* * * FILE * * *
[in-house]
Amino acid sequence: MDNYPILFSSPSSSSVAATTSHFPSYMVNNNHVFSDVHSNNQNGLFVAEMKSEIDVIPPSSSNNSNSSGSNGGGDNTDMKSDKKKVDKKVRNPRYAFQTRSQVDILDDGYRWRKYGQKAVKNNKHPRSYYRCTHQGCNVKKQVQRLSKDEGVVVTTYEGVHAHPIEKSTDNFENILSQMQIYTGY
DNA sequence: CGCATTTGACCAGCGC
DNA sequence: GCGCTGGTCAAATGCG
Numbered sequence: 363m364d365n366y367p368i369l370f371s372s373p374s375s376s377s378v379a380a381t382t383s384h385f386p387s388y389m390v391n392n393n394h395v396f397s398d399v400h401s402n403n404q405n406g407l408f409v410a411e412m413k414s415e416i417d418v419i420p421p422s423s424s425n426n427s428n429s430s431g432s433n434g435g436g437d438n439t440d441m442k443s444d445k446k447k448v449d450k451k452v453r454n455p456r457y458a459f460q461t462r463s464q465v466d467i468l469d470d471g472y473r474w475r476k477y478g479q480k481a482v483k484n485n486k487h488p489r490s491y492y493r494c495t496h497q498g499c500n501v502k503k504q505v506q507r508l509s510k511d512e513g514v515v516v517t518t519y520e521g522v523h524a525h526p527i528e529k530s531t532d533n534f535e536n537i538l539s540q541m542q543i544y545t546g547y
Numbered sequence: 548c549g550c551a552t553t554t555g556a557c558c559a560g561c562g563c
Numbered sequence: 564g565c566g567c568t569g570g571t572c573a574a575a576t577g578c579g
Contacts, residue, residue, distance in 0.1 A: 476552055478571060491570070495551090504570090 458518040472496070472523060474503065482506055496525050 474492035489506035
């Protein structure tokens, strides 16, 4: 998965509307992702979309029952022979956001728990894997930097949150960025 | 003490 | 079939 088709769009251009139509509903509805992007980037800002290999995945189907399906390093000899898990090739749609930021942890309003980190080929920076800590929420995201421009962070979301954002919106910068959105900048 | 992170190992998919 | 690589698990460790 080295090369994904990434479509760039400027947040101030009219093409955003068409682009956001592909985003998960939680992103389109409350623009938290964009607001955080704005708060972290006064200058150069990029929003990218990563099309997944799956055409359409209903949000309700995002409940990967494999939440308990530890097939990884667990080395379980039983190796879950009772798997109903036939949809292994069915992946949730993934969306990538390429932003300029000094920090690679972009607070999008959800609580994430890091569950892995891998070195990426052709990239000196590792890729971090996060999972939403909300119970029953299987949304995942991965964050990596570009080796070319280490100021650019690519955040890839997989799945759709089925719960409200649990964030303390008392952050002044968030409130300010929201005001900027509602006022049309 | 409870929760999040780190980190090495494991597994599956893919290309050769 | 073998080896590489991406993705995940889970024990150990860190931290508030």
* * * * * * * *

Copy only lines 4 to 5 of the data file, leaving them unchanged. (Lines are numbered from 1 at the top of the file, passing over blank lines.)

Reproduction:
DNA sequence: GCGCTGGTCAAATGCG
Numbered sequence: 363m364d365n366y367p368i369l370f371s372s373p374s375s376s377s378v379a380a381t382t383s384h385f386p387s388y389m390v391n392n393n394h395v396f397s398d399v400h401s402n403n404q405n406g407l408f409v410a411e412m413k414s415e416i417d418v419i420p421p422s423s424s425n426n427s428n429s430s431g432s433n434g435g436g437d438n439t440d441m442k443s444d445k446k447k448v449d450k451k452v453r454n455p456r457y458a459f460q461t462r463s464q465v466d467i468l469d470d471g472y473r474w475r476k477y478g479q480k481a482v483k484n485n486k487h488p489r490s491y492y493r494c495t496h497q498g499c500n501v502k503k504q505v506q507r508l509s510k511d512e513g514v515v516v517t518t519y520e521g522v523h524a525h526p527i528e529k530s531t532d533n534f535e536n537i538l539s540q541m542q543i544y545t546g547y